A new detect-and-avoid radar technology for small unmanned aircraft systems (UAS) was successfully tested earlier this month in Texas.
The Lone Star UAS Center of Excellence and Innovation at Texas A&M University-Corpus Christi (LSUASC) worked with AirRobot and Echodyne to successfully fly three drones in the same airspace over a simulated “capsized boat” in the Laguna Madre, according to a news release. This marked the first time a small UAS on-board radar successfully detected boat traffic in a major waterway along with small UAS traffic flying in the area.
The tests were completed at The Charles R. Johnson Airport in Port Mansfield, Texas. The flights were among those that took place across the nation over the last month that involved NASA, the Federal Aviation Administration (FAA) and the test sites.
During the Texas flights, An AR 180, provided by AirRobot, was equipped with the new MESA-DAA airborne sense-and-avoid radar. Echodyne created the radar for the flights, which is designed to enable beyond visual line-of-sight (BVLOS) operations for a variety of applications, including package delivery, infrastructure inspection and public safety.
“Echodyne’s airborne detect-and-avoid radar is made especially for small to medium UAS and enables safe beyond visual-line-of-site operations – in all environments and conditions,” said Jerry Hendrix, Executive Director for the LSUASC, according to the release. “Before the MESA-DAA became commercially available, there were no options for long-range radar on small to medium commercial drones.”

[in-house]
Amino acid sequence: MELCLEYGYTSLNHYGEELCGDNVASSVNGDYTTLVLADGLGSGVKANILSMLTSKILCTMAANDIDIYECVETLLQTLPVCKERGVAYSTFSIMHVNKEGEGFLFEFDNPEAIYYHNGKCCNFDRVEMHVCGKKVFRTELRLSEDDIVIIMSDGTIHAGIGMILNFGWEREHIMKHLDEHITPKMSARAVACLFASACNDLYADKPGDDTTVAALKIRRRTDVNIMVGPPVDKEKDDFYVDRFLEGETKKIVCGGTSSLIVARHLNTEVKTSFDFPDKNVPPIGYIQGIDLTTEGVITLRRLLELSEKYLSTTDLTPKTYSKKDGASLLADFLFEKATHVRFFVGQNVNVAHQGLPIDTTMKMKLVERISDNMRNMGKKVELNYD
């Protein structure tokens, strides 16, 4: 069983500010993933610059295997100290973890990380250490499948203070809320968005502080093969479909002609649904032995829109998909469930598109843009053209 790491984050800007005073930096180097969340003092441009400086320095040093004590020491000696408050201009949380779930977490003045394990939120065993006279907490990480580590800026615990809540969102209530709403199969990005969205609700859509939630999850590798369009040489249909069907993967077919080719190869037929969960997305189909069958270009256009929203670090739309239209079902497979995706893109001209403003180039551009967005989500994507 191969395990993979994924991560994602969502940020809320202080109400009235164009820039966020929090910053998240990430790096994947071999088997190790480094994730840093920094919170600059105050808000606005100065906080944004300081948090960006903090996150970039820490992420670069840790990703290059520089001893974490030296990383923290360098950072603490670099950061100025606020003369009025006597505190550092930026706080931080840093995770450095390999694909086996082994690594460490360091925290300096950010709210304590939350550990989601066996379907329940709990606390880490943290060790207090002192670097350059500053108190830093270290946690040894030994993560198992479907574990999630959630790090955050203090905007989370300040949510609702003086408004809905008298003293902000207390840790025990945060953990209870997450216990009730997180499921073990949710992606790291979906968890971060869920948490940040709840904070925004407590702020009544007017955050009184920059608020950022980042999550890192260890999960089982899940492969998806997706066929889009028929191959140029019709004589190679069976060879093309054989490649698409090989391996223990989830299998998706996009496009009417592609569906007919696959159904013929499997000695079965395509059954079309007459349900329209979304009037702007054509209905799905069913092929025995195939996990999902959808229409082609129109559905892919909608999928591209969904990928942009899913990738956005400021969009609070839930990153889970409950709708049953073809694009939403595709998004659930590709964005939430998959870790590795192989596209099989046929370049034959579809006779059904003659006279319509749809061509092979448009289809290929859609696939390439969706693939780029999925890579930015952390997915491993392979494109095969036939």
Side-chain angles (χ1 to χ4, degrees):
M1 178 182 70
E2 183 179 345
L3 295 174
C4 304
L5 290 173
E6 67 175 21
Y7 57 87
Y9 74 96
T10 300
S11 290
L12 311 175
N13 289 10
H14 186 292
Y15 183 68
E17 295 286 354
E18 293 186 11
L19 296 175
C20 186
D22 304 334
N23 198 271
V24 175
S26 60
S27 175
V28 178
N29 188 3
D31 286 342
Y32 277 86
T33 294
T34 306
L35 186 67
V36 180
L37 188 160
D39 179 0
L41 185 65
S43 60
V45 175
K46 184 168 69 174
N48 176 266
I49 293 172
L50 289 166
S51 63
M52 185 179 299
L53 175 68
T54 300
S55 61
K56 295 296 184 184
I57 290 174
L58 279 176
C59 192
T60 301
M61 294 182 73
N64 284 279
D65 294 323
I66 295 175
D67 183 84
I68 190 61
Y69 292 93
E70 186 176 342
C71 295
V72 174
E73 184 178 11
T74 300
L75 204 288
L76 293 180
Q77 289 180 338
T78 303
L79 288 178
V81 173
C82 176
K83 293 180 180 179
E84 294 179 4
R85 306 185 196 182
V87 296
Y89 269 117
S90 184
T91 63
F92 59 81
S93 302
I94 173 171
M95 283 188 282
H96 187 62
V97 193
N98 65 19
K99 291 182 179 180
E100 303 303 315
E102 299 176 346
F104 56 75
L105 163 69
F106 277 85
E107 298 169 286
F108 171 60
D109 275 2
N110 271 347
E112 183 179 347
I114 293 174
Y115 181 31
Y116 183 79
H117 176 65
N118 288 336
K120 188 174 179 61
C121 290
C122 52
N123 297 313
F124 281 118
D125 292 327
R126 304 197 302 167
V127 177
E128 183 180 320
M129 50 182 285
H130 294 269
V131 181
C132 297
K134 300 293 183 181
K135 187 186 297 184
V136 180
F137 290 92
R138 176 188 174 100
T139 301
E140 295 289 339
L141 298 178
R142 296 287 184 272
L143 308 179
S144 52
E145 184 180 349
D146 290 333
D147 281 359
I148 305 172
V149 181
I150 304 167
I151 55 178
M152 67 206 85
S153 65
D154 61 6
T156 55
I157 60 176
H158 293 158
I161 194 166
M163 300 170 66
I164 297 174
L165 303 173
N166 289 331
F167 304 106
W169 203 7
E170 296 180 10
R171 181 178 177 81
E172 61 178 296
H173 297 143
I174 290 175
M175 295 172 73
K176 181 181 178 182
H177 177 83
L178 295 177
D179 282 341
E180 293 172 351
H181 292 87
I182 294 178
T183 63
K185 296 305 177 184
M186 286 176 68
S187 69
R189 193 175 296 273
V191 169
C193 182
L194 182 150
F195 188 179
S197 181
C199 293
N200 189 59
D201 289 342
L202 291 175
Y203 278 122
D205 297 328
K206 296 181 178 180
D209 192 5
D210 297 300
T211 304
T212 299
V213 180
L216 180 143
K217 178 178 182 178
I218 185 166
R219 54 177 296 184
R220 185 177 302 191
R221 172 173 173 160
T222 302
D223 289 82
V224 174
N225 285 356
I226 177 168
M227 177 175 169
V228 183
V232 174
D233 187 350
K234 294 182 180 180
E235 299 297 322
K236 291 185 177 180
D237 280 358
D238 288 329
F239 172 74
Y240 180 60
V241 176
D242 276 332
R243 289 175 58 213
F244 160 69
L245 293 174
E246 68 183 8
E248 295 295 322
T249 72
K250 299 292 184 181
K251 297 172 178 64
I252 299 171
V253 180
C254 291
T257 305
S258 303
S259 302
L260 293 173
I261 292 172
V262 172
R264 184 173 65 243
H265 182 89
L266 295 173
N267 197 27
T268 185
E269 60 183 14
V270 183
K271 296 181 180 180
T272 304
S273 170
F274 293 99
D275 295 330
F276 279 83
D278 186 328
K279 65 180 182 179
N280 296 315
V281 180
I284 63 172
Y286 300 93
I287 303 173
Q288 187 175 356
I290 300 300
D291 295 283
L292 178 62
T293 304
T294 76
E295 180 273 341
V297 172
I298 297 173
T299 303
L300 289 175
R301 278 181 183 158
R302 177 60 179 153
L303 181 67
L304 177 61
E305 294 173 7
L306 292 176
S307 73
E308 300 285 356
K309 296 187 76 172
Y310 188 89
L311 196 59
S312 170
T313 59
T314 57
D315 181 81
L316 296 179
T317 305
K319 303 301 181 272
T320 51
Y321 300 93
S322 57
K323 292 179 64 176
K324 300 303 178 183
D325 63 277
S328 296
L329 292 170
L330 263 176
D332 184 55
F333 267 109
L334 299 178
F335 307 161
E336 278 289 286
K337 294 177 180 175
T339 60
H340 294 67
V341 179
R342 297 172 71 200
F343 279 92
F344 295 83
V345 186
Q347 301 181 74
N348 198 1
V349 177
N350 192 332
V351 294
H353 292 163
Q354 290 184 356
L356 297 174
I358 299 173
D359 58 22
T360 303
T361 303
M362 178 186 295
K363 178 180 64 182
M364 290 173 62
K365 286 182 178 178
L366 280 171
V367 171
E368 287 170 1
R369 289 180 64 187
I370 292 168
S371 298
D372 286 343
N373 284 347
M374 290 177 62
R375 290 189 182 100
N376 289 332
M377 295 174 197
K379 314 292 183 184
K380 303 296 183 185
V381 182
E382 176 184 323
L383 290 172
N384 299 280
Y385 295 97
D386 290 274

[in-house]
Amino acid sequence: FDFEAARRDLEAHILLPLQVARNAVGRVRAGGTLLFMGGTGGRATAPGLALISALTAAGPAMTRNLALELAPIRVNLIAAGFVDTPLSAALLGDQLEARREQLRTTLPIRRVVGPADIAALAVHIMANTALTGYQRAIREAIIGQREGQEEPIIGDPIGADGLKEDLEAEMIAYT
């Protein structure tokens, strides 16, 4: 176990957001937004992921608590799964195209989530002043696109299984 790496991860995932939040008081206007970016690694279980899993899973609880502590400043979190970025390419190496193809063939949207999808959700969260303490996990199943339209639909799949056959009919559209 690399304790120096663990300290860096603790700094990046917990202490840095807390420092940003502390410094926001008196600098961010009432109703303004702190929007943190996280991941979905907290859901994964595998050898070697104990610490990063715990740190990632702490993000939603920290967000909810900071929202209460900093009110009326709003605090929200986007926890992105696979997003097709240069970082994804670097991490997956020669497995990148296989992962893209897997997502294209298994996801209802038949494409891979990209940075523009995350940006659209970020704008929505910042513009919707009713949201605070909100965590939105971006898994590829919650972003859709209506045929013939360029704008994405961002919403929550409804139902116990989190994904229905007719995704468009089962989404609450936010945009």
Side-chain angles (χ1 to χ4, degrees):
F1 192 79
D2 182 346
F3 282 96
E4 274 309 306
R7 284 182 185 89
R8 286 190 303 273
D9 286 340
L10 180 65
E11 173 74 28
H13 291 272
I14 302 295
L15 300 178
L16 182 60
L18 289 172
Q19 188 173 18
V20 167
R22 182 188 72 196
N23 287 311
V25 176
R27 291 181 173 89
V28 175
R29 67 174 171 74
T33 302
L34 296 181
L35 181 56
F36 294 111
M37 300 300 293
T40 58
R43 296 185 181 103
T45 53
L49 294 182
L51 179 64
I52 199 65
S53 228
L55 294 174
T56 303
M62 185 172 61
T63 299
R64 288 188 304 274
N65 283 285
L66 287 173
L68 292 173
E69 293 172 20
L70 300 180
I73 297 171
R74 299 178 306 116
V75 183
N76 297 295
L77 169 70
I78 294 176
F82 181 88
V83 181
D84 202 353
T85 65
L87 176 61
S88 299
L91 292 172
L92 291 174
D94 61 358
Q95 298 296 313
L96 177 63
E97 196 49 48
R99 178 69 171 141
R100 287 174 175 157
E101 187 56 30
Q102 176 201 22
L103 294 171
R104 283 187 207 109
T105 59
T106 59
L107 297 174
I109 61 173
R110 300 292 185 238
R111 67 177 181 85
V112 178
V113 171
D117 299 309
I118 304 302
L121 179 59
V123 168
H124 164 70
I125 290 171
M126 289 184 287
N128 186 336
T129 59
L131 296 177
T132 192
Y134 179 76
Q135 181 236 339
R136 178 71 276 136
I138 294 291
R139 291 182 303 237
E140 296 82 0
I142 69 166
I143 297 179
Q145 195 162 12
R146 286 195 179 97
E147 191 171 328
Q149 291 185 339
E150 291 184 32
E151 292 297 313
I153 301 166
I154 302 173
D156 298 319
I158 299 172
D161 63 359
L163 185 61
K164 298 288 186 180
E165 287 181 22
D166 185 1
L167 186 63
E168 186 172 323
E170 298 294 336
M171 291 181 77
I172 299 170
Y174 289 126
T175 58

The flights also provided NASA with data to help improve BVLOS technology and first-responder priority operations.
“Radar is an ideal sensor technology for all sorts of scanning and imaging applications, especially when environmental conditions are less than ideal,” said Thomas Driscoll, Chief Technology Officer for Echodyne, according to the release. “Our radar thrives over other sensors in unpredictable weather conditions, can rapidly scan a broad field of view, can track Cessna-sized targets at distances greater than two kilometers, and dramatically increases situational awareness for UAS operators.”
The need for new rules and regulations in low-altitude airspace led to the creation of the Unmanned Aircraft System Traffic Management Plan (UTM), which consists of a series of activities called “Technology Capability Levels (TCL).” Each level increases in complexity.
Testing the new radar was part of NASA’s TCL 2, a national campaign focusing on flying small, remotely-operated aircraft BVLOS in sparsely populated areas to demonstrate, evaluate, and refine functional designs and UTM technology prototypes.
The next step, or TCL 3, will focus on testing technologies that maintain safe spacing between responsive and non-responsive UAS over moderately populated areas.